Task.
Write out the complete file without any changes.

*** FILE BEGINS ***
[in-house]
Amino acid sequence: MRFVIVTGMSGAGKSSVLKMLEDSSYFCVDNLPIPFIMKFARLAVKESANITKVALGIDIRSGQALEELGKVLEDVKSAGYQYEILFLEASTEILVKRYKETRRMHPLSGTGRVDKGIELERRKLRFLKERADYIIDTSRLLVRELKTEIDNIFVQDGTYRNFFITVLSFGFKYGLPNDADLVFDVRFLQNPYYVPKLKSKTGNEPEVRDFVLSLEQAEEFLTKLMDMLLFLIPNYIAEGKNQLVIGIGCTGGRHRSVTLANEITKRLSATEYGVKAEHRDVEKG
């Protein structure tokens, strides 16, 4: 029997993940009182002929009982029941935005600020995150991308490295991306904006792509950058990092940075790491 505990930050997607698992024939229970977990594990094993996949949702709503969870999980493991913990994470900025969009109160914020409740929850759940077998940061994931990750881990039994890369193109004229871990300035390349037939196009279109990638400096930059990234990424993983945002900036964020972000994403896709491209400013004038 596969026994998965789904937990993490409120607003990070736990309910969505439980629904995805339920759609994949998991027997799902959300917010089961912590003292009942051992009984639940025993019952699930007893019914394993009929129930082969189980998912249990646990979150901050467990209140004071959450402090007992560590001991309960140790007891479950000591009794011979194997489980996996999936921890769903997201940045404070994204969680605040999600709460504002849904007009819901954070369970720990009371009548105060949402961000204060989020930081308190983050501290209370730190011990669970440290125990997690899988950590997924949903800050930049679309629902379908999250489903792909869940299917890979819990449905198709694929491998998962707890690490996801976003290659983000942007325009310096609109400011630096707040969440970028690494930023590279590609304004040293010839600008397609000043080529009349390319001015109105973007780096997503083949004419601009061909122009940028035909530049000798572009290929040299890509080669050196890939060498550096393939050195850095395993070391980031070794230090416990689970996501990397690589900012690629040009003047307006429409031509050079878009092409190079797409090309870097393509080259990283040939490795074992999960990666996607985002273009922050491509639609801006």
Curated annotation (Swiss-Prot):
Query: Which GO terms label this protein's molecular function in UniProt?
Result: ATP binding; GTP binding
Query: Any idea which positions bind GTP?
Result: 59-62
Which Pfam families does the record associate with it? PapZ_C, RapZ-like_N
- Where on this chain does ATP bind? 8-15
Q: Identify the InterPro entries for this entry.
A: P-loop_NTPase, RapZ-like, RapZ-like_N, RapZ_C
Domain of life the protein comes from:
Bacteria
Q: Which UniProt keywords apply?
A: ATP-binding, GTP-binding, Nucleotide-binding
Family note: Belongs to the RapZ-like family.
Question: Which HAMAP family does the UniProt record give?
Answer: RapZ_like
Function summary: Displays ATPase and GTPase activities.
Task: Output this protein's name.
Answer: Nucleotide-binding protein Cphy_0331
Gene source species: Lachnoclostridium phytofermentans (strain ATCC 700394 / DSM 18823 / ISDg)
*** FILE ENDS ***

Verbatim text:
[in-house]
Amino acid sequence: MRFVIVTGMSGAGKSSVLKMLEDSSYFCVDNLPIPFIMKFARLAVKESANITKVALGIDIRSGQALEELGKVLEDVKSAGYQYEILFLEASTEILVKRYKETRRMHPLSGTGRVDKGIELERRKLRFLKERADYIIDTSRLLVRELKTEIDNIFVQDGTYRNFFITVLSFGFKYGLPNDADLVFDVRFLQNPYYVPKLKSKTGNEPEVRDFVLSLEQAEEFLTKLMDMLLFLIPNYIAEGKNQLVIGIGCTGGRHRSVTLANEITKRLSATEYGVKAEHRDVEKG
């Protein structure tokens, strides 16, 4: 029997993940009182002929009982029941935005600020995150991308490295991306904006792509950058990092940075790491 505990930050997607698992024939229970977990594990094993996949949702709503969870999980493991913990994470900025969009109160914020409740929850759940077998940061994931990750881990039994890369193109004229871990300035390349037939196009279109990638400096930059990234990424993983945002900036964020972000994403896709491209400013004038 596969026994998965789904937990993490409120607003990070736990309910969505439980629904995805339920759609994949998991027997799902959300917010089961912590003292009942051992009984639940025993019952699930007893019914394993009929129930082969189980998912249990646990979150901050467990209140004071959450402090007992560590001991309960140790007891479950000591009794011979194997489980996996999936921890769903997201940045404070994204969680605040999600709460504002849904007009819901954070369970720990009371009548105060949402961000204060989020930081308190983050501290209370730190011990669970440290125990997690899988950590997924949903800050930049679309629902379908999250489903792909869940299917890979819990449905198709694929491998998962707890690490996801976003290659983000942007325009310096609109400011630096707040969440970028690494930023590279590609304004040293010839600008397609000043080529009349390319001015109105973007780096997503083949004419601009061909122009940028035909530049000798572009290929040299890509080669050196890939060498550096393939050195850095395993070391980031070794230090416990689970996501990397690589900012690629040009003047307006429409031509050079878009092409190079797409090309870097393509080259990283040939490795074992999960990666996607985002273009922050491509639609801006």
Curated annotation (Swiss-Prot):
Query: Which GO terms label this protein's molecular function in UniProt?
Result: ATP binding; GTP binding
Query: Any idea which positions bind GTP?
Result: 59-62
Which Pfam families does the record associate with it? PapZ_C, RapZ-like_N
- Where on this chain does ATP bind? 8-15
Q: Identify the InterPro entries for this entry.
A: P-loop_NTPase, RapZ-like, RapZ-like_N, RapZ_C
Domain of life the protein comes from:
Bacteria
Q: Which UniProt keywords apply?
A: ATP-binding, GTP-binding, Nucleotide-binding
Family note: Belongs to the RapZ-like family.
Question: Which HAMAP family does the UniProt record give?
Answer: RapZ_like
Function summary: Displays ATPase and GTPase activities.
Task: Output this protein's name.
Answer: Nucleotide-binding protein Cphy_0331
Gene source species: Lachnoclostridium phytofermentans (strain ATCC 700394 / DSM 18823 / ISDg)